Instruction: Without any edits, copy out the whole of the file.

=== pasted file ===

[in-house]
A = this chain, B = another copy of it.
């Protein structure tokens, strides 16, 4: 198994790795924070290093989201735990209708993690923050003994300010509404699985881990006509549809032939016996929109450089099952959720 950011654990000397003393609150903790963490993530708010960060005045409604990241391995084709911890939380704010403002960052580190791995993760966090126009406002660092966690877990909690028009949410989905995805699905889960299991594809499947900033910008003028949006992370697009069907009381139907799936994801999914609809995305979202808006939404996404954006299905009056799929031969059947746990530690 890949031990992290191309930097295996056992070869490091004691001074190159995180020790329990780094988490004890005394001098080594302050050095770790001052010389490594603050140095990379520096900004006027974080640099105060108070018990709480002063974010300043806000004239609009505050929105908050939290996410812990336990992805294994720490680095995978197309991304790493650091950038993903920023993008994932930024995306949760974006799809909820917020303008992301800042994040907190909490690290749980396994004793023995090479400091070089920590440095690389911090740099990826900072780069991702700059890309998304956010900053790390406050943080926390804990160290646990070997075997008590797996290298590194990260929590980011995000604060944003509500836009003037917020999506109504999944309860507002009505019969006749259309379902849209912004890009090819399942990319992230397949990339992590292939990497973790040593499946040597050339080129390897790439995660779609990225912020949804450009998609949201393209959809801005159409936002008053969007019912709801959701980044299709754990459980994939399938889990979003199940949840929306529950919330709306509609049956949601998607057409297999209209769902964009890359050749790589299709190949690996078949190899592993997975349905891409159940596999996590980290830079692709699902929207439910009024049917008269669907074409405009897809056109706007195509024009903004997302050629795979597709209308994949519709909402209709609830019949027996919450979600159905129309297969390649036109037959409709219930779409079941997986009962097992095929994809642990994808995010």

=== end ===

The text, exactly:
[in-house]
A = this chain, B = another copy of it.
């Protein structure tokens, strides 16, 4: 198994790795924070290093989201735990209708993690923050003994300010509404699985881990006509549809032939016996929109450089099952959720 950011654990000397003393609150903790963490993530708010960060005045409604990241391995084709911890939380704010403002960052580190791995993760966090126009406002660092966690877990909690028009949410989905995805699905889960299991594809499947900033910008003028949006992370697009069907009381139907799936994801999914609809995305979202808006939404996404954006299905009056799929031969059947746990530690 890949031990992290191309930097295996056992070869490091004691001074190159995180020790329990780094988490004890005394001098080594302050050095770790001052010389490594603050140095990379520096900004006027974080640099105060108070018990709480002063974010300043806000004239609009505050929105908050939290996410812990336990992805294994720490680095995978197309991304790493650091950038993903920023993008994932930024995306949760974006799809909820917020303008992301800042994040907190909490690290749980396994004793023995090479400091070089920590440095690389911090740099990826900072780069991702700059890309998304956010900053790390406050943080926390804990160290646990070997075997008590797996290298590194990260929590980011995000604060944003509500836009003037917020999506109504999944309860507002009505019969006749259309379902849209912004890009090819399942990319992230397949990339992590292939990497973790040593499946040597050339080129390897790439995660779609990225912020949804450009998609949201393209959809801005159409936002008053969007019912709801959701980044299709754990459980994939399938889990979003199940949840929306529950919330709306509609049956949601998607057409297999209209769902964009890359050749790589299709190949690996078949190899592993997975349905891409159940596999996590980290830079692709699902929207439910009024049917008269669907074409405009897809056109706007195509024009903004997302050629795979597709209308994949519709909402209709609830019949027996919450979600159905129309297969390649036109037959409709219930779409079941997986009962097992095929994809642990994808995010």